Much of the concern about porn use is the possibility of it having a negative impact on sexual functioning and relationship satisfaction. Among the women in this study, however, those who used porn frequently also reported better outcomes in partnered sex as well. There was no evidence for any harmful effects of frequent porn usage.

Likewise, frequent porn usage wasn’t associated with relationship satisfaction, either. That is to say, there’s no evidence from these data that using porn has a negative effect on relationship quality. Nor do the data suggest that women are using porn to make up for deficiencies in their relationship. Rather, what the data show is that women who are satisfied with their sexual relationships report having an easier time getting aroused, reaching climax, and overall they enjoy their sexual experiences more, whether those are partnered or solo.

Because data were collected in both the U.S. and Hungary, the researchers were able to look at cross-cultural differences. For instance, women in the U.S. reported more frequent pornography use than did those in Hungary. At the same time, American women also reported more difficulties in getting sexually aroused and achieving orgasm, whether they were engaged in solo or partnered sex.

It’s interesting to speculate on the reasons for these findings. In general, Europeans hold more open attitudes toward sexuality than Americans do, and sex education in their schools also tends to be more comprehensive. It could then be that young American women turn to pornography for sex education, and they also experience more sexual dysfunctions because of the negative messages about sexuality that they receive in their culture.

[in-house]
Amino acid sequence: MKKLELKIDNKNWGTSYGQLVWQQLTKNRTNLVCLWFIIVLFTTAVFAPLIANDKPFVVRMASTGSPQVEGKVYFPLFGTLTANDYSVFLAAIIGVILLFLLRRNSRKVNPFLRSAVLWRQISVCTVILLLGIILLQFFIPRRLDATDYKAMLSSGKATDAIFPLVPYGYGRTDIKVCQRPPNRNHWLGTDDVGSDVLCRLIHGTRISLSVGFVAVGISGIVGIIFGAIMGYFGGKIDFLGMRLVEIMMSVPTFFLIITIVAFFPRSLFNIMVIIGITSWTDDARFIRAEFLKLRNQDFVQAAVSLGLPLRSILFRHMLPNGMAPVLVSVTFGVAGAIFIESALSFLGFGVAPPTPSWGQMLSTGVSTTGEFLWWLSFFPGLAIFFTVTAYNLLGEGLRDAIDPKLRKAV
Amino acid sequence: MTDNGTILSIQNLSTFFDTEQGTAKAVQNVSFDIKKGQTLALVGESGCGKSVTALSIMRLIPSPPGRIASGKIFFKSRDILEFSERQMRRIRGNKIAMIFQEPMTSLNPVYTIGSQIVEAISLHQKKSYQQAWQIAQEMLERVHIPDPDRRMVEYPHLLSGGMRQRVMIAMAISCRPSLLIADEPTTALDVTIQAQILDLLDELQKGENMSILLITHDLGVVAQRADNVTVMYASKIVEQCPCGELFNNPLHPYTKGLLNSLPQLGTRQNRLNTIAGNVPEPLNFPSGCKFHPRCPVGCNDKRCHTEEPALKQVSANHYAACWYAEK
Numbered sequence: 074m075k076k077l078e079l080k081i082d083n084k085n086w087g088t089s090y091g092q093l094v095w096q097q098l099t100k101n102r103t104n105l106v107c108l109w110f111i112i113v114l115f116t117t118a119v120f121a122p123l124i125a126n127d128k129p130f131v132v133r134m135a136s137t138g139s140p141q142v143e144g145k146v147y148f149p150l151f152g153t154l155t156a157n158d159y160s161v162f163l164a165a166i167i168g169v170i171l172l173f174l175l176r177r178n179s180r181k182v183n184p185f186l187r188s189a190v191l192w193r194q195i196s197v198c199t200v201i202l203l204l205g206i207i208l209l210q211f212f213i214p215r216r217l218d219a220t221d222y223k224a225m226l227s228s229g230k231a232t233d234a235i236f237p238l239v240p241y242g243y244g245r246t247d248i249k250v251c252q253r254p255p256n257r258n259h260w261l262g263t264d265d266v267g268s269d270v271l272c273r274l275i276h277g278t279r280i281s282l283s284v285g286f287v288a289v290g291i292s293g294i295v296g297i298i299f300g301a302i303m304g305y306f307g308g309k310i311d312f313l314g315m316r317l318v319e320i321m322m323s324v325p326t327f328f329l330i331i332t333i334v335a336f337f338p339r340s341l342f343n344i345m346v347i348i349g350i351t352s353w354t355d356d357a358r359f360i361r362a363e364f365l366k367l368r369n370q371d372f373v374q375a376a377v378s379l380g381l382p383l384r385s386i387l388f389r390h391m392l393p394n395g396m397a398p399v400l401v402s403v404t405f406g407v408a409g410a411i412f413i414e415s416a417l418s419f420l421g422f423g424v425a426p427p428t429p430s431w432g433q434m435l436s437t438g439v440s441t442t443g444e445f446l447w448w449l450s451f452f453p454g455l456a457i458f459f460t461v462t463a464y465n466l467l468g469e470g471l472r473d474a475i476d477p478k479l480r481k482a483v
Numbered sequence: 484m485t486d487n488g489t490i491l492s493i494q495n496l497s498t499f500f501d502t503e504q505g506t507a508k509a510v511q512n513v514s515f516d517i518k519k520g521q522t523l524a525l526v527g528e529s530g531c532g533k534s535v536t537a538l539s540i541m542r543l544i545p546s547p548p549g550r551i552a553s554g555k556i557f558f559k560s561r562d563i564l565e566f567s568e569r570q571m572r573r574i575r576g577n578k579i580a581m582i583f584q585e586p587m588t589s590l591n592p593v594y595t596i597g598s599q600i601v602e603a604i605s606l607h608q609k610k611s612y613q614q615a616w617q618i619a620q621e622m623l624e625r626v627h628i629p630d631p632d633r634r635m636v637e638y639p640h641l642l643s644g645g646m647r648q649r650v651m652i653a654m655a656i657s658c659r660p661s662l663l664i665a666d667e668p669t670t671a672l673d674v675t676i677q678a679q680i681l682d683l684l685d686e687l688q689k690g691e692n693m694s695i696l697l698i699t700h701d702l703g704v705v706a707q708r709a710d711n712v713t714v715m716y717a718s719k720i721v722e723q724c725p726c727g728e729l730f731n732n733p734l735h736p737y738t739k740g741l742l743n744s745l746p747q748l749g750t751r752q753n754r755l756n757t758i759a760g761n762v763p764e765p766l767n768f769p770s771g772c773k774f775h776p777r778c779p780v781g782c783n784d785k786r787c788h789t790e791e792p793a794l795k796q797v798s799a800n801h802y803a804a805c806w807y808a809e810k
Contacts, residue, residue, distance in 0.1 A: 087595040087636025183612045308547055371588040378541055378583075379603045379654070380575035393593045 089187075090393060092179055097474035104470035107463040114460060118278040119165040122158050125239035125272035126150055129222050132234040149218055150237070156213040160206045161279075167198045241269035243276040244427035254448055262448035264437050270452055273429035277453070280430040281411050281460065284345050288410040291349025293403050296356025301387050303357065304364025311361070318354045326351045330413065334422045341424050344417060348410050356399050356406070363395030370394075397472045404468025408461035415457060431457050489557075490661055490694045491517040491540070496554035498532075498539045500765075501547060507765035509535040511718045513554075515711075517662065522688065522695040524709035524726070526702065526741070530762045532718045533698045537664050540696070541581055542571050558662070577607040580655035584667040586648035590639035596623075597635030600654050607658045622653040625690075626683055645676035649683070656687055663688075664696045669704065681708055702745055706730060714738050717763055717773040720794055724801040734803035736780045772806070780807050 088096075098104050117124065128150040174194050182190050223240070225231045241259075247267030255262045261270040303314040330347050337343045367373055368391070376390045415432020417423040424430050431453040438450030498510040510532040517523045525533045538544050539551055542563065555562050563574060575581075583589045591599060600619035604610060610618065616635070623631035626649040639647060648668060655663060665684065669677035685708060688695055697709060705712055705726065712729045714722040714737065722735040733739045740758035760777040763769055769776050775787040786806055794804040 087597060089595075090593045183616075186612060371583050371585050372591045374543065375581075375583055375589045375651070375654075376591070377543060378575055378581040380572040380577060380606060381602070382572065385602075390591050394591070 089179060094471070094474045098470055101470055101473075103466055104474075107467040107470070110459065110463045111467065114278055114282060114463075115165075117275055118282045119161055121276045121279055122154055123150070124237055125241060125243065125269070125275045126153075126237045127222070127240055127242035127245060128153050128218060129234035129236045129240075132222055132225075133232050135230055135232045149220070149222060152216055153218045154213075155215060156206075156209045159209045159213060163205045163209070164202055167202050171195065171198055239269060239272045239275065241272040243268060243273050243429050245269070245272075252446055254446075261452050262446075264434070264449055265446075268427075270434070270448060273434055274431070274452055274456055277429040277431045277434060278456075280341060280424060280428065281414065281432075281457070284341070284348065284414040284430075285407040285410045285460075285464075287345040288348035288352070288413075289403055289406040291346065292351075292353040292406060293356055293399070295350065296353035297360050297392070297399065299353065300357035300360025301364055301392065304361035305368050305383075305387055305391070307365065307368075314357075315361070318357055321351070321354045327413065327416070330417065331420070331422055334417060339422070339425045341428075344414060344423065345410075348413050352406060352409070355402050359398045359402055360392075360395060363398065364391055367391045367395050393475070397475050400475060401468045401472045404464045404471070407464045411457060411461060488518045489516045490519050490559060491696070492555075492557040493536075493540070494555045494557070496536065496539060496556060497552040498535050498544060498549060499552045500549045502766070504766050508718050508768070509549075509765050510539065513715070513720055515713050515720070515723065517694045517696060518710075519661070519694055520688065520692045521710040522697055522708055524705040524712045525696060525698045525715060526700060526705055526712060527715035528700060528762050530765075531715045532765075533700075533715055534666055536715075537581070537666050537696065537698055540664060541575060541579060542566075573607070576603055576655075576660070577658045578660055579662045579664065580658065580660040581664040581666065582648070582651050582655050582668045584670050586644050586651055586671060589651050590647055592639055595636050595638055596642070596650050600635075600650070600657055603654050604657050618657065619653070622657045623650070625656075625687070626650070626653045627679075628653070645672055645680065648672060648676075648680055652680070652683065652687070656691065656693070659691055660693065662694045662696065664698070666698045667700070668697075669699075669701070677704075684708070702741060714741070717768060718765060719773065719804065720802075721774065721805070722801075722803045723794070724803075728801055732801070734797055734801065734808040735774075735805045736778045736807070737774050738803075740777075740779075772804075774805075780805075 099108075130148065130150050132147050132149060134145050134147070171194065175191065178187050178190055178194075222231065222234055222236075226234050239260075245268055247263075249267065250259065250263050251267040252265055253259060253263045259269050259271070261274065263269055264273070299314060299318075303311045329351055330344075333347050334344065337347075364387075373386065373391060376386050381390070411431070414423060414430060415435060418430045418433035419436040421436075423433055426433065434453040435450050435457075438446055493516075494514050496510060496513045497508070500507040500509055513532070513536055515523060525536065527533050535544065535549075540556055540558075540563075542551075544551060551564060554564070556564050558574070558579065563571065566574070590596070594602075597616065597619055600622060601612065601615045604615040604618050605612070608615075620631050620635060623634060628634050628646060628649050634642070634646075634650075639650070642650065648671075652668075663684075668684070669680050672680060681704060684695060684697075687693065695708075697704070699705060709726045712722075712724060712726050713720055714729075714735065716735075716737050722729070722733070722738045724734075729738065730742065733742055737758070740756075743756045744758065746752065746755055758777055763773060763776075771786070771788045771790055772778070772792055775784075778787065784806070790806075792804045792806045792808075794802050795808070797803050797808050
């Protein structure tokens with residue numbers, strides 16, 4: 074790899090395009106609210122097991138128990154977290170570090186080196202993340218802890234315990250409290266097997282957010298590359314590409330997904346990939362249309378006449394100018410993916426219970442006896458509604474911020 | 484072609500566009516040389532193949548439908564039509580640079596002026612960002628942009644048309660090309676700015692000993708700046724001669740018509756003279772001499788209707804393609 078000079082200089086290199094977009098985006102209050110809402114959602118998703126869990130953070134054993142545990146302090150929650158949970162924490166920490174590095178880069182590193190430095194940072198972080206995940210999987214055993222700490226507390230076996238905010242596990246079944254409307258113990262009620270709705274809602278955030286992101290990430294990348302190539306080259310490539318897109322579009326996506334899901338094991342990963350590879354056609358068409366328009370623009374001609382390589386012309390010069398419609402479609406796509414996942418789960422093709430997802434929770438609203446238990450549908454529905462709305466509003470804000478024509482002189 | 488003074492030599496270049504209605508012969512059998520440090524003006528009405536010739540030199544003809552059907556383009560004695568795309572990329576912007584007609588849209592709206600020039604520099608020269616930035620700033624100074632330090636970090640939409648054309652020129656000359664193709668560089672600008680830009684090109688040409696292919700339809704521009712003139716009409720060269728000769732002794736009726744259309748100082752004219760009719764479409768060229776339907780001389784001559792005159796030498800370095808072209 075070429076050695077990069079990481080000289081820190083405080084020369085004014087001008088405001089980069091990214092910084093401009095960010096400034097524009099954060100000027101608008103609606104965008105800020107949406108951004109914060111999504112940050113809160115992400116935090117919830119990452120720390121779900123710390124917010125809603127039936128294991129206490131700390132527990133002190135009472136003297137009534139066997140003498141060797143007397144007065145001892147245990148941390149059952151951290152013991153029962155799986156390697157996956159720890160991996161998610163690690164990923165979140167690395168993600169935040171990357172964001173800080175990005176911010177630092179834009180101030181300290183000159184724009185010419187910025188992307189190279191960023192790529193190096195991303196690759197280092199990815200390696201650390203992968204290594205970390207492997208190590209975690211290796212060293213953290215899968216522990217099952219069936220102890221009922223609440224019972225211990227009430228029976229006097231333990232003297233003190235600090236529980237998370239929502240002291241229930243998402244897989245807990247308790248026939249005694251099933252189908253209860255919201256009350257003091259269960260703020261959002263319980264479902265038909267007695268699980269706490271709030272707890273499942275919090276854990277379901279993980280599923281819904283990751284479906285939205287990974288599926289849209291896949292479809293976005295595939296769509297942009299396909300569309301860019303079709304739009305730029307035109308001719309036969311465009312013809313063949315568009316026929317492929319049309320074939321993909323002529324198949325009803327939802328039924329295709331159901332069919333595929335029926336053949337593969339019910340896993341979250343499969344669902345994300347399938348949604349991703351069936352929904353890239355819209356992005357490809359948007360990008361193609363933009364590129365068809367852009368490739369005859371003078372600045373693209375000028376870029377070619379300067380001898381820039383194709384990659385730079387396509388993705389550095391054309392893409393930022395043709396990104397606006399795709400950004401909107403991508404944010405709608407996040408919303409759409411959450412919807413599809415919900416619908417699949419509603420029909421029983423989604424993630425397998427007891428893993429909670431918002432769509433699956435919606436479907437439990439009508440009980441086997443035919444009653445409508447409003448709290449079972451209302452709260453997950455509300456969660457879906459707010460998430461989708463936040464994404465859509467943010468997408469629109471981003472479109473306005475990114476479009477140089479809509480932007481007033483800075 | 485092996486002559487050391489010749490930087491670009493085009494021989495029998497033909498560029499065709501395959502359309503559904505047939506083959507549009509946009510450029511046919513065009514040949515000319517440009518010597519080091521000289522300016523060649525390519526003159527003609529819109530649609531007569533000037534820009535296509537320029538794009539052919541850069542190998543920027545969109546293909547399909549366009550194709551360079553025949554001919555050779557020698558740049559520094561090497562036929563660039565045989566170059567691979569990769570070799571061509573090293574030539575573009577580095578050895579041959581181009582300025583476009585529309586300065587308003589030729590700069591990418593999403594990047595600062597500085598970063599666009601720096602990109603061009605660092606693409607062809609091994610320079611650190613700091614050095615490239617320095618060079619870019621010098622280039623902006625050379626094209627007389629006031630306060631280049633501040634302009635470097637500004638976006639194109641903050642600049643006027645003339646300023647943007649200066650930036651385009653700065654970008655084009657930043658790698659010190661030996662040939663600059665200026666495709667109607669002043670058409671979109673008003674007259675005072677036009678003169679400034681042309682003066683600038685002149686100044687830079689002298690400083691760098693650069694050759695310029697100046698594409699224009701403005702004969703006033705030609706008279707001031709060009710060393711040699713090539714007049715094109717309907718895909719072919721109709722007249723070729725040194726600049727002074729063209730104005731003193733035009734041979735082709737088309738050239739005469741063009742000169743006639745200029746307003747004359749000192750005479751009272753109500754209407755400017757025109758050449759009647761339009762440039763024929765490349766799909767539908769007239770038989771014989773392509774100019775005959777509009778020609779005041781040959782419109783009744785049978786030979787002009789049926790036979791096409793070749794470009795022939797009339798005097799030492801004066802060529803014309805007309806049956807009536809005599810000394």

Although there is much fear about the harmful effects of pornography, both among professional psychologists and the lay public alike, one would be hard put to find any evidence of harm in the data these researchers have collected. Instead, what these data show is that women’s use of porn is associated with other positive aspects of their sex life and partnered relationships. That is to say, women who have positive attitudes about sex in general not only experience greater satisfaction with their partnered sexual relationships, they also know how to meet their sexual needs on their own.

In sum, there’s no evidence among these women that frequent porn use leads to problems in sexual or relational functioning, nor were they resorting to porn to make up for what was lacking in their relationships. Rather, the data show that women with positive attitudes about their own sexuality tend to be happier in their partnered relationships and also are more likely to use porn as well.

These open-minded young women use porn as one component of their healthy sex lives.

Facebook image: ShotPrime Studio/Shutterstock

References

McNabney, S. M., Hevesi, K., & Rowland, D. L. (2020). Effects of pornography use and demographic parameters on sexual response during masturbation and partnered sex in women. International Journal of Environmental Research and Public Health, 17, 3130. DOI:10.3390/ijerph17093130